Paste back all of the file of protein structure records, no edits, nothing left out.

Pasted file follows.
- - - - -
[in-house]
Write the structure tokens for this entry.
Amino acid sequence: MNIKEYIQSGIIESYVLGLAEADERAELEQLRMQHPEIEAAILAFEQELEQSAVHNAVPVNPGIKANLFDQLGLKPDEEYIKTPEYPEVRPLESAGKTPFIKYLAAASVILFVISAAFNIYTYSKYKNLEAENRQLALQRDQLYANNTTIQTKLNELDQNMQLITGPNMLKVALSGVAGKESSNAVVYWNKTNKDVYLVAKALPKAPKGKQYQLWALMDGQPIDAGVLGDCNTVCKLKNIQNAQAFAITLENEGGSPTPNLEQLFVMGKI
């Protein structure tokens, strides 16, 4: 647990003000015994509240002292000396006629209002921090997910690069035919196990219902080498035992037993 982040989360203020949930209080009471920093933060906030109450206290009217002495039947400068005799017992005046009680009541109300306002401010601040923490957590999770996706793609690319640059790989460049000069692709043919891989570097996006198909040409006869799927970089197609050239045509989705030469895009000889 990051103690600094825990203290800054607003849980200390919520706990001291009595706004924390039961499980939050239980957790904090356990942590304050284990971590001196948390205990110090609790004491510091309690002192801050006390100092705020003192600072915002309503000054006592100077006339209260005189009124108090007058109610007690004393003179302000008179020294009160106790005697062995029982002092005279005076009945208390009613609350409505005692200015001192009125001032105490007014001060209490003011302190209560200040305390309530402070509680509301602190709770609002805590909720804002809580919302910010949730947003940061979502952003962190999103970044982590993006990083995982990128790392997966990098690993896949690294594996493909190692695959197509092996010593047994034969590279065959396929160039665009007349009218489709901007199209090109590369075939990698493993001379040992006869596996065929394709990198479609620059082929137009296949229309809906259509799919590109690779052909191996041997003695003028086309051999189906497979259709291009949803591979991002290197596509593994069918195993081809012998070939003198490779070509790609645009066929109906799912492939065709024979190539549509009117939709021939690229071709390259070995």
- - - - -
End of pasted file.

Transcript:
[in-house]
Write the structure tokens for this entry.
Amino acid sequence: MNIKEYIQSGIIESYVLGLAEADERAELEQLRMQHPEIEAAILAFEQELEQSAVHNAVPVNPGIKANLFDQLGLKPDEEYIKTPEYPEVRPLESAGKTPFIKYLAAASVILFVISAAFNIYTYSKYKNLEAENRQLALQRDQLYANNTTIQTKLNELDQNMQLITGPNMLKVALSGVAGKESSNAVVYWNKTNKDVYLVAKALPKAPKGKQYQLWALMDGQPIDAGVLGDCNTVCKLKNIQNAQAFAITLENEGGSPTPNLEQLFVMGKI
């Protein structure tokens, strides 16, 4: 647990003000015994509240002292000396006629209002921090997910690069035919196990219902080498035992037993 982040989360203020949930209080009471920093933060906030109450206290009217002495039947400068005799017992005046009680009541109300306002401010601040923490957590999770996706793609690319640059790989460049000069692709043919891989570097996006198909040409006869799927970089197609050239045509989705030469895009000889 990051103690600094825990203290800054607003849980200390919520706990001291009595706004924390039961499980939050239980957790904090356990942590304050284990971590001196948390205990110090609790004491510091309690002192801050006390100092705020003192600072915002309503000054006592100077006339209260005189009124108090007058109610007690004393003179302000008179020294009160106790005697062995029982002092005279005076009945208390009613609350409505005692200015001192009125001032105490007014001060209490003011302190209560200040305390309530402070509680509301602190709770609002805590909720804002809580919302910010949730947003940061979502952003962190999103970044982590993006990083995982990128790392997966990098690993896949690294594996493909190692695959197509092996010593047994034969590279065959396929160039665009007349009218489709901007199209090109590369075939990698493993001379040992006869596996065929394709990198479609620059082929137009296949229309809906259509799919590109690779052909191996041997003695003028086309051999189906497979259709291009949803591979991002290197596509593994069918195993081809012998070939003198490779070509790609645009066929109906799912492939065709024979190539549509009117939709021939690229071709390259070995």